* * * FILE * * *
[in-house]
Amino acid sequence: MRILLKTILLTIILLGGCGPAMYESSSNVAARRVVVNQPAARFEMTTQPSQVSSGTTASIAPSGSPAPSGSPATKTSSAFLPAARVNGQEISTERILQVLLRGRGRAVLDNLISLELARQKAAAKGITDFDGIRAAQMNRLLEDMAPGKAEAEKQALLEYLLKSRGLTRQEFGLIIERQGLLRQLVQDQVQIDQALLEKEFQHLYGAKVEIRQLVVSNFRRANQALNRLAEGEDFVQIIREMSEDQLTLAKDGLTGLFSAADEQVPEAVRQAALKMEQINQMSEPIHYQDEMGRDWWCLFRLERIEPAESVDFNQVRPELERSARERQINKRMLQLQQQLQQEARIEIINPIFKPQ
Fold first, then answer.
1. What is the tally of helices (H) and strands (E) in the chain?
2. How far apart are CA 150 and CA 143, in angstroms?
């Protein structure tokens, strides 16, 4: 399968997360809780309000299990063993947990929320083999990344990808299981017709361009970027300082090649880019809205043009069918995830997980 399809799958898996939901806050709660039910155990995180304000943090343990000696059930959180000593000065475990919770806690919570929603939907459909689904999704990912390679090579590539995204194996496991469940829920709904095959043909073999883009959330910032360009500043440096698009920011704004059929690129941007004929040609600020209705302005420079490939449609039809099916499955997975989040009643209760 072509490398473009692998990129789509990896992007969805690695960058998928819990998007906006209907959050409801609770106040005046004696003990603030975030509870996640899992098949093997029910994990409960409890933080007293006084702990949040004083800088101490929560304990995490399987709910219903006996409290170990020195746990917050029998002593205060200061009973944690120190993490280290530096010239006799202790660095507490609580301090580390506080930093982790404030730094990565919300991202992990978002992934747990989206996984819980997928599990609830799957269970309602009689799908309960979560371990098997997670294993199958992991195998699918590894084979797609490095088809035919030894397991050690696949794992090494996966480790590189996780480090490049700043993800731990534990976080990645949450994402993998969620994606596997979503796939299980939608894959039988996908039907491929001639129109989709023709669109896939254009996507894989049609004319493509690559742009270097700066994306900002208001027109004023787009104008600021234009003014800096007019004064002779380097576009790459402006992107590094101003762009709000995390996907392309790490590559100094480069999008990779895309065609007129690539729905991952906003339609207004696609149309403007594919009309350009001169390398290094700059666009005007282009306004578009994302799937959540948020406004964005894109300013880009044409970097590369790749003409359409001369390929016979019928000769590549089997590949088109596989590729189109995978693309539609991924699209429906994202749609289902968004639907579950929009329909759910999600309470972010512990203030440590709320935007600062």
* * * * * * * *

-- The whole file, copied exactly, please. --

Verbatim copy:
[in-house]
Amino acid sequence: MRILLKTILLTIILLGGCGPAMYESSSNVAARRVVVNQPAARFEMTTQPSQVSSGTTASIAPSGSPAPSGSPATKTSSAFLPAARVNGQEISTERILQVLLRGRGRAVLDNLISLELARQKAAAKGITDFDGIRAAQMNRLLEDMAPGKAEAEKQALLEYLLKSRGLTRQEFGLIIERQGLLRQLVQDQVQIDQALLEKEFQHLYGAKVEIRQLVVSNFRRANQALNRLAEGEDFVQIIREMSEDQLTLAKDGLTGLFSAADEQVPEAVRQAALKMEQINQMSEPIHYQDEMGRDWWCLFRLERIEPAESVDFNQVRPELERSARERQINKRMLQLQQQLQQEARIEIINPIFKPQ
Fold first, then answer.
1. What is the tally of helices (H) and strands (E) in the chain?
2. How far apart are CA 150 and CA 143, in angstroms?
């Protein structure tokens, strides 16, 4: 399968997360809780309000299990063993947990929320083999990344990808299981017709361009970027300082090649880019809205043009069918995830997980 399809799958898996939901806050709660039910155990995180304000943090343990000696059930959180000593000065475990919770806690919570929603939907459909689904999704990912390679090579590539995204194996496991469940829920709904095959043909073999883009959330910032360009500043440096698009920011704004059929690129941007004929040609600020209705302005420079490939449609039809099916499955997975989040009643209760 072509490398473009692998990129789509990896992007969805690695960058998928819990998007906006209907959050409801609770106040005046004696003990603030975030509870996640899992098949093997029910994990409960409890933080007293006084702990949040004083800088101490929560304990995490399987709910219903006996409290170990020195746990917050029998002593205060200061009973944690120190993490280290530096010239006799202790660095507490609580301090580390506080930093982790404030730094990565919300991202992990978002992934747990989206996984819980997928599990609830799957269970309602009689799908309960979560371990098997997670294993199958992991195998699918590894084979797609490095088809035919030894397991050690696949794992090494996966480790590189996780480090490049700043993800731990534990976080990645949450994402993998969620994606596997979503796939299980939608894959039988996908039907491929001639129109989709023709669109896939254009996507894989049609004319493509690559742009270097700066994306900002208001027109004023787009104008600021234009003014800096007019004064002779380097576009790459402006992107590094101003762009709000995390996907392309790490590559100094480069999008990779895309065609007129690539729905991952906003339609207004696609149309403007594919009309350009001169390398290094700059666009005007282009306004578009994302799937959540948020406004964005894109300013880009044409970097590369790749003409359409001369390929016979019928000769590549089997590949088109596989590729189109995978693309539609991924699209429906994202749609289902968004639907579950929009329909759910999600309470972010512990203030440590709320935007600062």